Justia Government & Administrative Law Opinion Summaries

Articles Posted in White Collar Crime
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Schock resigned from Congress in 2015, after disclosures about trips he took at public expense, the expense of his elaborate office furnishings, and how he had applied campaign funds. Schock was charged with mail and wire fraud, theft of government funds, making false statements to Congress and the Federal Elections Commission, and filing false tax returns. Schock moved to dismiss the indictment, arguing that the charges are inconsistent with the Constitution’s Speech or Debate Clause and with the House of Representatives’ constitutional authority to determine the rules of its proceedings. The Seventh Circuit affirmed the denial of the motion. The indictment arises out of applications for reimbursements, which are not speeches, debates, or any other part of the legislative process. Submitting a claim under established rules differs from the formulation of those rules. The foundation for Schock’s rule-making” argument—the proposition that if Body A has sole power to make a rule, then Body A has sole power to interpret that rule—does not represent established doctrine. “ Judges regularly interpret, apply, and occasionally nullify rules promulgated by the President or another part of the Executive Branch, as well as statutes enacted by the Legislative Branch; why would reimbursement rules be different?” View "United States v. Schock" on Justia Law

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In 2015, former Virgin Islands Senator James was charged with wire fraud, 18 U.S.C. 1343, and federal programs embezzlement, 18 U.S.C. 666(a)(1)(A), stemming from his use of legislative funds to ostensibly obtain historical documents from Denmark related to the Fireburn, an 1878 St. Croix uprising. The indictment specified: obtaining cash advances from the Legislature but retaining a portion of those funds for his personal use; double-billing for expenses for which he had already received a cash advance; submitting invoices and receiving funds for translation work that was never done; and submitting invoices and receiving funds for translation work that was completed before his election to the Legislature. James, who argued that he was engaged in legislative fact-finding, moved to dismiss the indictment on legislative immunity grounds. The district court denied the motion, stating that James’ actions were not legislative acts worthy of statutory protection under the Organic Act of the Virgin Islands. The Third Circuit affirmed. Under 48 U.S.C. 1572(d) legislators are protected from being “held to answer before any tribunal other than the legislature for any speech or debate in the legislature." The conduct underlying the government’s allegations concerning James is clearly not legislative conduct protected by section 1572(d). View "United States v. James" on Justia Law

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Porter, the mayor of Paintsville, Kentucky, steered business and contracts to companies owned by his co-defendant, Crace, and ensured payment of a fraudulent invoice to Crace’s company, in return for payments disguised as loans. Porter was charged with theft concerning programs receiving federal funds, 18 U.S.C. 666(a)(1)(A), and bribery concerning such programs, section 666(a)(1)(B) and was sentenced to 48 months of imprisonment. The Sixth Circuit affirmed, rejecting arguments that the conviction under section 666(a)(1)(B) was unsupported by sufficient evidence and that the admission of a witness’s prior statements to investigators and the admission of another witness’s deposition testimony violated his confrontation rights. A conviction under section 666(a)(1)(B) does not require evidence of a quid pro quo “in connection with” any “official act.” It is enough if a defendant corruptly solicits anything of value with the intent to be influenced or rewarded in connection with some transaction involving property or services worth $5000 or more. Testimony concerning prior statements to investigators did not violate Porter’s confrontation rights because they were not offered to prove the truth of the matter asserted. The government sufficiently demonstrated the unavailability of the deposition witness to testify at trial, so no Confrontation Clause violation occurred. View "United States v. Porter" on Justia Law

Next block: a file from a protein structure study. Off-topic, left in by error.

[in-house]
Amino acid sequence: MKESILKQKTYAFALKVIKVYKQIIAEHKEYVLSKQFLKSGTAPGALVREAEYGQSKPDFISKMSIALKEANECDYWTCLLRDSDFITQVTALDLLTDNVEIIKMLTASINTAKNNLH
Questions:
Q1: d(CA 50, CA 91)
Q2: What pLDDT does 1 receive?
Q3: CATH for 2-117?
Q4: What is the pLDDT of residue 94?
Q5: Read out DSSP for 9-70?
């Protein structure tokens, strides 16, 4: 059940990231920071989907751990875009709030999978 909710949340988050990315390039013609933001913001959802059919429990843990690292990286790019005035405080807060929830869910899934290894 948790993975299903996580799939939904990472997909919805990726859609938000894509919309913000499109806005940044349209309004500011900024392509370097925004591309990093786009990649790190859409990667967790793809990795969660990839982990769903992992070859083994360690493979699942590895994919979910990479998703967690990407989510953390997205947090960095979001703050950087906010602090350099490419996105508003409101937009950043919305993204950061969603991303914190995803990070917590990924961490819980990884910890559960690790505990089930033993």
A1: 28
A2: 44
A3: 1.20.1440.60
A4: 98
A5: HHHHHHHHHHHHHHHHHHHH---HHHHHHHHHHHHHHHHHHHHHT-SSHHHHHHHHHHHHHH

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The Indianapolis Land Bank was created to return tax-delinquent and other troubled properties into productive use. But, in 2011, Walton, the Land Bank’s manager, and Johnson began orchestrating the sale and resale of the city’s properties through a nonprofit loophole and pocketing the profits. The total loss to the city was $282,782.38. Johnson and Walton were convicted of honest services wire fraud, wire fraud, and conspiracy to engage in money laundering. Walton was also convicted of receiving bribes. The Seventh Circuit affirmed. The government provided substantial evidence that the two had specific intent, including evidence of kickbacks and making false statements, and provided to substantial evidence to support the money laundering convictions. Rejecting Walton’s argument that the court’s instruction on 10 U.S.C. 666 permitted the jury to convict him of accepting a gratuity and not a bribe, the court stated that the instruction and evidence made clear that Walton was convicted of accepting bribes, not gratuities. The convictions required proof of their bad intent (specific intent to commit fraud), so a good faith jury instruction was unnecessary. Both were properly subject to sentencing enhancements because their offenses involved a public official in a high-level decision-making position and they victimized vulnerable families. View "United States v. Johnson" on Justia Law